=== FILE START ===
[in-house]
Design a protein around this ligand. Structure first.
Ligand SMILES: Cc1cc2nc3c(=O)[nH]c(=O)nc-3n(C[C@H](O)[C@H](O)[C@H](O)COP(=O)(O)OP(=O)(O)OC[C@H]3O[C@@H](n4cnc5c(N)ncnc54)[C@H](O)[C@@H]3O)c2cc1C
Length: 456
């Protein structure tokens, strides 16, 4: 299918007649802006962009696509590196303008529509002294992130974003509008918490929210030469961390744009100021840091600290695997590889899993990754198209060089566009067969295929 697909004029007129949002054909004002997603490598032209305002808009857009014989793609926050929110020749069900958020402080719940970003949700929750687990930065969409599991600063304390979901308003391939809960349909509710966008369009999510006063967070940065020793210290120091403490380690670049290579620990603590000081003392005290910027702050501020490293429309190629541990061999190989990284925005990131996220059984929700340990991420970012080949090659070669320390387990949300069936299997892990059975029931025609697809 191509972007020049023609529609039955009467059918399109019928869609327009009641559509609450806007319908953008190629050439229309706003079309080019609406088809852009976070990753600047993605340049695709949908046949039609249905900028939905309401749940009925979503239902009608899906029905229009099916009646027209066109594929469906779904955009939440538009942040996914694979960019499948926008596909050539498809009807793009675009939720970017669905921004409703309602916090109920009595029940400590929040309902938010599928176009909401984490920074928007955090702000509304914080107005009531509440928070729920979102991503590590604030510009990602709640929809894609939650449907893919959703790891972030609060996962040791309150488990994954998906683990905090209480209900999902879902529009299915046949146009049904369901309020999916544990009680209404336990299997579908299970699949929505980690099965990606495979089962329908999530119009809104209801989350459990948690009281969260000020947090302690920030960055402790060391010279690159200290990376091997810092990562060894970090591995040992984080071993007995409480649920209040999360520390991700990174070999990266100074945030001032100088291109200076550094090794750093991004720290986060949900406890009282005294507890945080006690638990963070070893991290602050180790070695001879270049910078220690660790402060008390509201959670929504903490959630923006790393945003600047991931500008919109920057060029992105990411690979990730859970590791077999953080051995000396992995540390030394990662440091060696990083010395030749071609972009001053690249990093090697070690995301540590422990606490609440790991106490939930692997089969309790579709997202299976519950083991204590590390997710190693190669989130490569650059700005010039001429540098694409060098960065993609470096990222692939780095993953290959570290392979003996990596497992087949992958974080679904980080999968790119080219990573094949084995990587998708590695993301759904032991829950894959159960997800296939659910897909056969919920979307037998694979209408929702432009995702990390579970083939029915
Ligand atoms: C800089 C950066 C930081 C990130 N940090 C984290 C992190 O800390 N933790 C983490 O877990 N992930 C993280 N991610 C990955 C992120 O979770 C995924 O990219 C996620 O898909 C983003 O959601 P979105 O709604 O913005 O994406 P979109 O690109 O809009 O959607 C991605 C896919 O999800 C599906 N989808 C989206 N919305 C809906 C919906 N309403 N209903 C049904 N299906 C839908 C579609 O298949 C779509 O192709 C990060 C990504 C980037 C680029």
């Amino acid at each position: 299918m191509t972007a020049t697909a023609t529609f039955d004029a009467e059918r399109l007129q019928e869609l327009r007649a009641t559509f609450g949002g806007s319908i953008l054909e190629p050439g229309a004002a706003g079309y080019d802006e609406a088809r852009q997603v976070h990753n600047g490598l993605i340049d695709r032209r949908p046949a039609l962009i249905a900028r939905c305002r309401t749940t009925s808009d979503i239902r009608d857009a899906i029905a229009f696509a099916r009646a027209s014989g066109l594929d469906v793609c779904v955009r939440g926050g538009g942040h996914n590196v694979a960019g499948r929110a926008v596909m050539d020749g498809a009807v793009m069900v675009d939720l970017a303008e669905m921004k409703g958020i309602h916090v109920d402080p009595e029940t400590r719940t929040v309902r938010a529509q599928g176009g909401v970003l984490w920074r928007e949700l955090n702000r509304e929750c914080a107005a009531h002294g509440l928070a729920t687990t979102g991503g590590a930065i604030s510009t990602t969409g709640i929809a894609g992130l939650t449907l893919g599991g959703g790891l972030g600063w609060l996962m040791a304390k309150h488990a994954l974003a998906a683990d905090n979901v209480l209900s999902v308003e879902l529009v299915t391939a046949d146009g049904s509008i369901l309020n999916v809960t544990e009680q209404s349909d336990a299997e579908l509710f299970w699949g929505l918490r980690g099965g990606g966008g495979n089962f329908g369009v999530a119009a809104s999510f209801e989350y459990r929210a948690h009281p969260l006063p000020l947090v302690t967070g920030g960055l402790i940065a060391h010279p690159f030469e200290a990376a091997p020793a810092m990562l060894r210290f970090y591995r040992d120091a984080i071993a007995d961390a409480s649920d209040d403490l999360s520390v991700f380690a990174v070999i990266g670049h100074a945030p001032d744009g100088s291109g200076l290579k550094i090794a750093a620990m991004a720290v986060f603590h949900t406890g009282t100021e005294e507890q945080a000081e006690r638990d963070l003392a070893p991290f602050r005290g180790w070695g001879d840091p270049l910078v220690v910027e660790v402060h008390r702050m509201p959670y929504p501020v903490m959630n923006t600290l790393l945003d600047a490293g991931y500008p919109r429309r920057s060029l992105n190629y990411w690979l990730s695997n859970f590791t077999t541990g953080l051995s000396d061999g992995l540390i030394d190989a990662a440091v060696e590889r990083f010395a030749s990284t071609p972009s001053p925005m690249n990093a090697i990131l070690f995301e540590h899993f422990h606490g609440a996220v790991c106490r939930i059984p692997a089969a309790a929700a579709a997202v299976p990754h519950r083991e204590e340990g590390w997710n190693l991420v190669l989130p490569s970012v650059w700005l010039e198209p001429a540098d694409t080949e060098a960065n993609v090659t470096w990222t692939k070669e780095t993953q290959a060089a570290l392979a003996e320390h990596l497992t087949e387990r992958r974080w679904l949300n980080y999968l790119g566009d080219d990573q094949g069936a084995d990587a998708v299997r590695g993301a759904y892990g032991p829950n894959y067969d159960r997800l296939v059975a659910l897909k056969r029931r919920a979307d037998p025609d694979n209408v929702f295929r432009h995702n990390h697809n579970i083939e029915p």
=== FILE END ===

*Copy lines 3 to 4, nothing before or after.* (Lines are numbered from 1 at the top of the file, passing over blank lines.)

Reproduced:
Ligand SMILES: Cc1cc2nc3c(=O)[nH]c(=O)nc-3n(C[C@H](O)[C@H](O)[C@H](O)COP(=O)(O)OP(=O)(O)OC[C@H]3O[C@@H](n4cnc5c(N)ncnc54)[C@H](O)[C@@H]3O)c2cc1C
Length: 456